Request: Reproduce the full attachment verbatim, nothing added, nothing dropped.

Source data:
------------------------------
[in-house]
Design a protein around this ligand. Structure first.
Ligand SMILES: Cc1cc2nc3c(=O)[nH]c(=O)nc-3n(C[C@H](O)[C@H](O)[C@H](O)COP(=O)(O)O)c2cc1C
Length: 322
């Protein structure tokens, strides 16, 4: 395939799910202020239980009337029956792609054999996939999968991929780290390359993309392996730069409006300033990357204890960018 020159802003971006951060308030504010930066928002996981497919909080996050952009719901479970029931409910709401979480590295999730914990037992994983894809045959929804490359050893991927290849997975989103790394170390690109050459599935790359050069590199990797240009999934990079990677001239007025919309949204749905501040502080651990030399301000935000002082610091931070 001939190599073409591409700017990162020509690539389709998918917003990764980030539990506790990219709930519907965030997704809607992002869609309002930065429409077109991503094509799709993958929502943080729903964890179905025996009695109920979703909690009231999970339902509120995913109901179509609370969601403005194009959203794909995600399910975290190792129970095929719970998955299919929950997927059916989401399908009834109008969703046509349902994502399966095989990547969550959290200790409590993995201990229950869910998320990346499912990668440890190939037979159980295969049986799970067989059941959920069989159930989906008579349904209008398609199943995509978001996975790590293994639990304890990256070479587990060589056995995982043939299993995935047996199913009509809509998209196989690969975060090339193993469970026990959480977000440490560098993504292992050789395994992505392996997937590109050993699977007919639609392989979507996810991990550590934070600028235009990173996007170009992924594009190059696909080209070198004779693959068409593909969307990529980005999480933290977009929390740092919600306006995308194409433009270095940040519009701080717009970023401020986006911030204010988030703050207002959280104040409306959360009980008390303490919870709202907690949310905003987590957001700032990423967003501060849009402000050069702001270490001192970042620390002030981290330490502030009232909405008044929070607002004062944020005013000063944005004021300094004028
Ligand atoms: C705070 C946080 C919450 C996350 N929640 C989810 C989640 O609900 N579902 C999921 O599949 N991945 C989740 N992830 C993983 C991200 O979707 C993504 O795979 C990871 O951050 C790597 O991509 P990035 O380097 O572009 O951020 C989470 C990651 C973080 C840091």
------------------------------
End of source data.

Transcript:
[in-house]
Design a protein around this ligand. Structure first.
Ligand SMILES: Cc1cc2nc3c(=O)[nH]c(=O)nc-3n(C[C@H](O)[C@H](O)[C@H](O)COP(=O)(O)O)c2cc1C
Length: 322
């Protein structure tokens, strides 16, 4: 395939799910202020239980009337029956792609054999996939999968991929780290390359993309392996730069409006300033990357204890960018 020159802003971006951060308030504010930066928002996981497919909080996050952009719901479970029931409910709401979480590295999730914990037992994983894809045959929804490359050893991927290849997975989103790394170390690109050459599935790359050069590199990797240009999934990079990677001239007025919309949204749905501040502080651990030399301000935000002082610091931070 001939190599073409591409700017990162020509690539389709998918917003990764980030539990506790990219709930519907965030997704809607992002869609309002930065429409077109991503094509799709993958929502943080729903964890179905025996009695109920979703909690009231999970339902509120995913109901179509609370969601403005194009959203794909995600399910975290190792129970095929719970998955299919929950997927059916989401399908009834109008969703046509349902994502399966095989990547969550959290200790409590993995201990229950869910998320990346499912990668440890190939037979159980295969049986799970067989059941959920069989159930989906008579349904209008398609199943995509978001996975790590293994639990304890990256070479587990060589056995995982043939299993995935047996199913009509809509998209196989690969975060090339193993469970026990959480977000440490560098993504292992050789395994992505392996997937590109050993699977007919639609392989979507996810991990550590934070600028235009990173996007170009992924594009190059696909080209070198004779693959068409593909969307990529980005999480933290977009929390740092919600306006995308194409433009270095940040519009701080717009970023401020986006911030204010988030703050207002959280104040409306959360009980008390303490919870709202907690949310905003987590957001700032990423967003501060849009402000050069702001270490001192970042620390002030981290330490502030009232909405008044929070607002004062944020005013000063944005004021300094004028
Ligand atoms: C705070 C946080 C919450 C996350 N929640 C989810 C989640 O609900 N579902 C999921 O599949 N991945 C989740 N992830 C993983 C991200 O979707 C993504 O795979 C990871 O951050 C790597 O991509 P990035 O380097 O572009 O951020 C989470 C990651 C973080 C840091």